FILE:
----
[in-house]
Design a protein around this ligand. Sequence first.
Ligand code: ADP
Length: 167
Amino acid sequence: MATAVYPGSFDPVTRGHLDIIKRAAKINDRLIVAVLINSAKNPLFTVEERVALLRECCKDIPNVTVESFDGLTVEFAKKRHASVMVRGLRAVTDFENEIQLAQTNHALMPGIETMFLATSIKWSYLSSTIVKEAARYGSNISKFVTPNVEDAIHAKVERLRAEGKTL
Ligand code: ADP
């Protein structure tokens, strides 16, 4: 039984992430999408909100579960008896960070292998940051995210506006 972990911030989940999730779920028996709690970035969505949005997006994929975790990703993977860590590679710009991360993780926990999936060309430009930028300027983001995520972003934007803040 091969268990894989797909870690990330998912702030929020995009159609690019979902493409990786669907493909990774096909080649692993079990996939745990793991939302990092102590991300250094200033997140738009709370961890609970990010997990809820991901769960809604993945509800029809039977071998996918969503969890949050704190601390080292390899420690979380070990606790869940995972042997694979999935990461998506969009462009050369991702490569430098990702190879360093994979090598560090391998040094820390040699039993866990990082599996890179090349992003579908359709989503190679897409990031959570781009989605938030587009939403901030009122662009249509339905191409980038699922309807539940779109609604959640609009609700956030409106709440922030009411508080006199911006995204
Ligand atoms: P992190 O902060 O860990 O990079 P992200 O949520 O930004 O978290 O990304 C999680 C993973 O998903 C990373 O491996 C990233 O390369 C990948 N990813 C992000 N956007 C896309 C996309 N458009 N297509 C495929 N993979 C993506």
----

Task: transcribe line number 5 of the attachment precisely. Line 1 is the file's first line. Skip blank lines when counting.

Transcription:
Amino acid sequence: MATAVYPGSFDPVTRGHLDIIKRAAKINDRLIVAVLINSAKNPLFTVEERVALLRECCKDIPNVTVESFDGLTVEFAKKRHASVMVRGLRAVTDFENEIQLAQTNHALMPGIETMFLATSIKWSYLSSTIVKEAARYGSNISKFVTPNVEDAIHAKVERLRAEGKTL